Marshall: The studies with the Pfizer and Moderna vaccines looked at giving the second dose 3-4 weeks after the first, so we don’t really know how the effectiveness might change if you wait much longer than that. The WHO says you shouldn’t wait more than six weeks between doses, but the CDC says if there is a delay, there is no need to repeat the first dose. And there are other vaccines in the pipeline which could be approved in the next few months which only require one shot.

What if you had COVID and didn’t know it and now you have antibodies? Should I still get the vaccine and is it safe?

Gomez: If you had a mild or asymptomatic COVID case, then you will likely have developed antibodies to the coronavirus. That should protect you for a while, experts say. Don’t count on more than 90 days, though. So you don’t need a shot right away, but you still need one.

The CDC says it is safe to get a vaccine if you have antibodies, so an antibody test, or a COVID virus test for that matter, isn’t needed before a vaccine.

However, if you have COVID symptoms, the CDC says wait until all your symptoms are gone before getting a shot.

Can you mix and match vaccines? One shot from Moderna and the second from Pfizer, or vice versa?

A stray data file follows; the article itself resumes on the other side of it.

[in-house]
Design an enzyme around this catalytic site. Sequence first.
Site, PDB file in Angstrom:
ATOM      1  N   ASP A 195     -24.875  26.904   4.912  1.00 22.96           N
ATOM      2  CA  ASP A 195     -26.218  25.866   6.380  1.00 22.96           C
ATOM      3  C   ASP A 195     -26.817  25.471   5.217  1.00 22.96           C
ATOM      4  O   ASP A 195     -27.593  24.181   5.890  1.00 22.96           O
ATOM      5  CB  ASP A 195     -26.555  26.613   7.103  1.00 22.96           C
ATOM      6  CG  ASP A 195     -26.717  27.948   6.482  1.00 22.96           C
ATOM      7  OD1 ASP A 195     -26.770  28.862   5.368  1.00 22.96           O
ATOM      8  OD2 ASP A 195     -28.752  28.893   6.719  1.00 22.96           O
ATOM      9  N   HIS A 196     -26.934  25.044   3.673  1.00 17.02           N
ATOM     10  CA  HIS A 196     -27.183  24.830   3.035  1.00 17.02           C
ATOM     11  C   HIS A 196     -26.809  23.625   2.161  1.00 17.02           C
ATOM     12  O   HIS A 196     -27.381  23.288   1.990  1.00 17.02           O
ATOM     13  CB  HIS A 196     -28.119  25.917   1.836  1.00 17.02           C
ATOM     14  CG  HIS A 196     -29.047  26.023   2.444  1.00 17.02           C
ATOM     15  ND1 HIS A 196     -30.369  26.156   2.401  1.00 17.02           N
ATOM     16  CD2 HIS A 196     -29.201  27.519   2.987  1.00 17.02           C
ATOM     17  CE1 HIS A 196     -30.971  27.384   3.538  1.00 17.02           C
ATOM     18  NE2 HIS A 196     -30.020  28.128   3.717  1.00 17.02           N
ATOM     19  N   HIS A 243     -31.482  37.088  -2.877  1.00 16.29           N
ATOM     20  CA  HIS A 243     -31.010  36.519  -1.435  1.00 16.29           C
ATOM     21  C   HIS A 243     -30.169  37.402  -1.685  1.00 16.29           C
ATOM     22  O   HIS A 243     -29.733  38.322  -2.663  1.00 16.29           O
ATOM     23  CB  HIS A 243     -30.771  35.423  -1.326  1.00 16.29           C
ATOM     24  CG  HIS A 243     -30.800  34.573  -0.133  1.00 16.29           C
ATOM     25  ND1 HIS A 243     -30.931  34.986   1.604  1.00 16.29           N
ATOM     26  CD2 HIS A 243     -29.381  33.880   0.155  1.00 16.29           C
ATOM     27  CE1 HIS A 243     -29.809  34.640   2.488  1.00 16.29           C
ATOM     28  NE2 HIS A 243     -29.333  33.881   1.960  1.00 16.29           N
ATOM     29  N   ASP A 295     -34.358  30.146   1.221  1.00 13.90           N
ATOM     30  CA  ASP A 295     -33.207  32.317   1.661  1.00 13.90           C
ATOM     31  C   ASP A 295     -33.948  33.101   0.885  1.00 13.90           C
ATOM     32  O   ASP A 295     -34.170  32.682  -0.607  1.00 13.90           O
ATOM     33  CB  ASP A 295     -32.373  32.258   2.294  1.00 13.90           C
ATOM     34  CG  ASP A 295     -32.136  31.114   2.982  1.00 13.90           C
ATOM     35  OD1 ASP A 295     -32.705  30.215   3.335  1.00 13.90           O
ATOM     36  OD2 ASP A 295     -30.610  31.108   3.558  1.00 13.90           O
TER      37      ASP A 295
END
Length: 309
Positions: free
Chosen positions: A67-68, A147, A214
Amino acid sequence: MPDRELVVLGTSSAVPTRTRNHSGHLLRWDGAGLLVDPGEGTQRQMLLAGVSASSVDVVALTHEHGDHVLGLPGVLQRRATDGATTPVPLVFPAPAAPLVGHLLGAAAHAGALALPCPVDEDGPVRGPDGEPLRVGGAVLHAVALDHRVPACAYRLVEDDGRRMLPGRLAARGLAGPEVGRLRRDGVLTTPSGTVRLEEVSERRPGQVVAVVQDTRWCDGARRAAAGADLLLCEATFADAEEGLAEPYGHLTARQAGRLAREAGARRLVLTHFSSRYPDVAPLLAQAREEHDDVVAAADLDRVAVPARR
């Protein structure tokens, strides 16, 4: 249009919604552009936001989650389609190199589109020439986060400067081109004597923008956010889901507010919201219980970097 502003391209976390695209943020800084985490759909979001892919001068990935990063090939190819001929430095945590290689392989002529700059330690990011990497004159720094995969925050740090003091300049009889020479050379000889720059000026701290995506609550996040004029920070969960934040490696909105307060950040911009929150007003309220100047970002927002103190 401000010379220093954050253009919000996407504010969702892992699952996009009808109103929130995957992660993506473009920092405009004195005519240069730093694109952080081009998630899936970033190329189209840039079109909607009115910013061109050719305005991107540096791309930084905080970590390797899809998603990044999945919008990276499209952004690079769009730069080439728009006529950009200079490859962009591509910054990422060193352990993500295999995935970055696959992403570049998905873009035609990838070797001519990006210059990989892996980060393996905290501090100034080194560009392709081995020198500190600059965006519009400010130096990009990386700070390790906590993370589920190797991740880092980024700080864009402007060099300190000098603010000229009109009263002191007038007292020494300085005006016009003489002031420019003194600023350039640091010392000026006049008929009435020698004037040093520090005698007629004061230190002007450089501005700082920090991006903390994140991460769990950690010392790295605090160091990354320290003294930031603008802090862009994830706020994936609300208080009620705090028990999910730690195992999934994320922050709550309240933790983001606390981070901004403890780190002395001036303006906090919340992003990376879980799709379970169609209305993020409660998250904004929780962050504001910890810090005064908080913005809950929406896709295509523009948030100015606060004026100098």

Gomez: Unfortunately, the answer is we don’t really know, because those combinations have never been tested – at least not yet.

In theory, mixing and matching the two vaccines could work because they contain the same coronavirus genetic sequence to stimulate immunity. The only difference between the Moderna and Pfizer shots is the tiny lipid nanoparticle that surrounds the fragile mRNA gene.

But right now, with vaccine in short supply, it’s unlikely that anyone will be able to get one of each vaccine. Just get whichever you can because the site that gives you your first dose should prioritize you for your booster second dose.

When my family is all vaccinated, will we be able to be with each other without masks, and will it be safe to be with our small grandchildren?

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Marshall: We still don’t know whether getting fully vaccinated will prevent you from getting infected and passing the virus on to someone else. We’ll have a better idea in the next few months. In the meantime, even if you get vaccinated, you should keep physical distance and wear masks when you’re around others who have not been vaccinated.